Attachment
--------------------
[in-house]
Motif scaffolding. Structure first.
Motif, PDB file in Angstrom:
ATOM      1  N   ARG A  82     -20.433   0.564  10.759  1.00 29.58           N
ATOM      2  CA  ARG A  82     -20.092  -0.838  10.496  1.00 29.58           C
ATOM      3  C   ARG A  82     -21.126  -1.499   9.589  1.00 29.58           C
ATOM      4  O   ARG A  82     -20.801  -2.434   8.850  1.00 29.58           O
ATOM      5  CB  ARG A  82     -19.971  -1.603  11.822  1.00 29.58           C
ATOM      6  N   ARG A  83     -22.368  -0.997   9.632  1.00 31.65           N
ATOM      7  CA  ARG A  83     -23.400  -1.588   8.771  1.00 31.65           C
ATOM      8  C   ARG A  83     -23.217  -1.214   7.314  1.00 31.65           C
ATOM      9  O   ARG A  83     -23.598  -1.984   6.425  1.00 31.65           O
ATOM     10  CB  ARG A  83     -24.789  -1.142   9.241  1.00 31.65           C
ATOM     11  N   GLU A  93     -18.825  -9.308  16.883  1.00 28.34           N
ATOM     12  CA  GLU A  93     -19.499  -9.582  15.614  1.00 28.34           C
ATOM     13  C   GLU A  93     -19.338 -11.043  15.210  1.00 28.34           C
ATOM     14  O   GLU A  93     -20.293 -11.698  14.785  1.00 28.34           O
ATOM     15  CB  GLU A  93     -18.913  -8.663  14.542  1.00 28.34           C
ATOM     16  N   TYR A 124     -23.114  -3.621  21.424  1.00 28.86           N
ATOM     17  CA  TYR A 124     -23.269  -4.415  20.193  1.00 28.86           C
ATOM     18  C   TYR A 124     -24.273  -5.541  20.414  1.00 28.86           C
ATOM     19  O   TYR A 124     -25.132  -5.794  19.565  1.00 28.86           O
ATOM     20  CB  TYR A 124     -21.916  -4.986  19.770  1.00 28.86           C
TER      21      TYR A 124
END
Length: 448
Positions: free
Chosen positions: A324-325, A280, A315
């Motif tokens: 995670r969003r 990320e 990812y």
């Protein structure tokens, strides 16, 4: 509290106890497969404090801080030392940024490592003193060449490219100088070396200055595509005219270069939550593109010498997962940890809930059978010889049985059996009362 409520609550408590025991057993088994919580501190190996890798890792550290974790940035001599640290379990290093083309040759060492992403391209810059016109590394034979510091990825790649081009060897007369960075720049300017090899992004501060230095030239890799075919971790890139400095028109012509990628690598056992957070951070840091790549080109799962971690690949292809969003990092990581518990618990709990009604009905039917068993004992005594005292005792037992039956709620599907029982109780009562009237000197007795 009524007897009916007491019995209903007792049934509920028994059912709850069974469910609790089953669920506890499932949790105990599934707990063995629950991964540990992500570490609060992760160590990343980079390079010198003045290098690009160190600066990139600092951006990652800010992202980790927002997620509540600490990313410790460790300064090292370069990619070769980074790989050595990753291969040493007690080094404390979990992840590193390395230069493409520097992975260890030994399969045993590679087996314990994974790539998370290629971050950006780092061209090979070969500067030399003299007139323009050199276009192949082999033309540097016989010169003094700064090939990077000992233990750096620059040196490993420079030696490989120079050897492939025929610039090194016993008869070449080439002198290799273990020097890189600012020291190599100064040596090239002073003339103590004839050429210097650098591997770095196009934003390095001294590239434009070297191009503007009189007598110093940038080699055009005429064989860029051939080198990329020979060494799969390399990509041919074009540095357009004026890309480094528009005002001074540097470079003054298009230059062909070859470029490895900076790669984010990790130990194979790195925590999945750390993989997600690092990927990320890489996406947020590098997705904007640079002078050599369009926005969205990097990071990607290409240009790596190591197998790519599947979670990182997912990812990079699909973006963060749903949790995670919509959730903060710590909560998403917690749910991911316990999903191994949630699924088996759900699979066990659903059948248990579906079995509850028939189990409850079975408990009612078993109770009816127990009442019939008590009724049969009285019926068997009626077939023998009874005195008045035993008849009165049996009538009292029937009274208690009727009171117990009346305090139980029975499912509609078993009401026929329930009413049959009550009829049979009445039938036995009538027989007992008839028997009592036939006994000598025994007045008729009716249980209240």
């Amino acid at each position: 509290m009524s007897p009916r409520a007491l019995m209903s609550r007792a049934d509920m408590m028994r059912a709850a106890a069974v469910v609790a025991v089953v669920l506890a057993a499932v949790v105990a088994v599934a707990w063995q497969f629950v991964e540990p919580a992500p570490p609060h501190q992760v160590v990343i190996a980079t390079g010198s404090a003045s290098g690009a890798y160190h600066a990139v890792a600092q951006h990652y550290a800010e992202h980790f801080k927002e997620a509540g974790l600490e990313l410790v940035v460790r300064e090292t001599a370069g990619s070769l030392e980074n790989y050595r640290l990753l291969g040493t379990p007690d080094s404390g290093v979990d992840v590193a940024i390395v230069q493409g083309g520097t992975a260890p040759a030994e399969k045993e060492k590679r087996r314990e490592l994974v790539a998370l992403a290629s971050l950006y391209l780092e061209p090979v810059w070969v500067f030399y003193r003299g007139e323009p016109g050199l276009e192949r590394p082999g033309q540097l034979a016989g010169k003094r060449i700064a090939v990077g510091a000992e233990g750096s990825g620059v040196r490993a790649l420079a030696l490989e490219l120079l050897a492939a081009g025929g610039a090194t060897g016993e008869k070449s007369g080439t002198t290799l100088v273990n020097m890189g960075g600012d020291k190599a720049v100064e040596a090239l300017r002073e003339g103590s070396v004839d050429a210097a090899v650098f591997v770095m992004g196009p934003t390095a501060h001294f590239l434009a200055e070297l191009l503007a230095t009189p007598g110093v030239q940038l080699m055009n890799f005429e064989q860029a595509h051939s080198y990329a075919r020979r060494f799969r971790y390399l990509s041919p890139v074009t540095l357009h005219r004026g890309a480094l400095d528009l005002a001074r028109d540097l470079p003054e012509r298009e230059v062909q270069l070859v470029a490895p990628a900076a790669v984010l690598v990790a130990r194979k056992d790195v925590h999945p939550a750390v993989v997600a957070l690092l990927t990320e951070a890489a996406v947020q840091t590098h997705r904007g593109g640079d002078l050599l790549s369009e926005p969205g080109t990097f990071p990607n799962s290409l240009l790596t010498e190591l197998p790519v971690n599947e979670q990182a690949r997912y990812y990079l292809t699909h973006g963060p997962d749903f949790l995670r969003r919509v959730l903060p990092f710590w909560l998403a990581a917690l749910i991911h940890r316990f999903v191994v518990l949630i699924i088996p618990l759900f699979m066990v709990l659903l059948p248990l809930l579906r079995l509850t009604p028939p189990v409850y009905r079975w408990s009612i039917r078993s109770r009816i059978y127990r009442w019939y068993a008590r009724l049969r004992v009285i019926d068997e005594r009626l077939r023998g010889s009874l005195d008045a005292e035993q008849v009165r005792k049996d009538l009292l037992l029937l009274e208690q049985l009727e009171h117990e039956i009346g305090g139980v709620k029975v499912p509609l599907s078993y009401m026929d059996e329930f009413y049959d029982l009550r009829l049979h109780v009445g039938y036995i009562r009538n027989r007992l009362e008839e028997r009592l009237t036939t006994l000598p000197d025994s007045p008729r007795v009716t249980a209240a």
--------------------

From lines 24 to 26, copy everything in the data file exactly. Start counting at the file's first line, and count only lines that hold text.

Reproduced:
TER      21      TYR A 124
END
Length: 448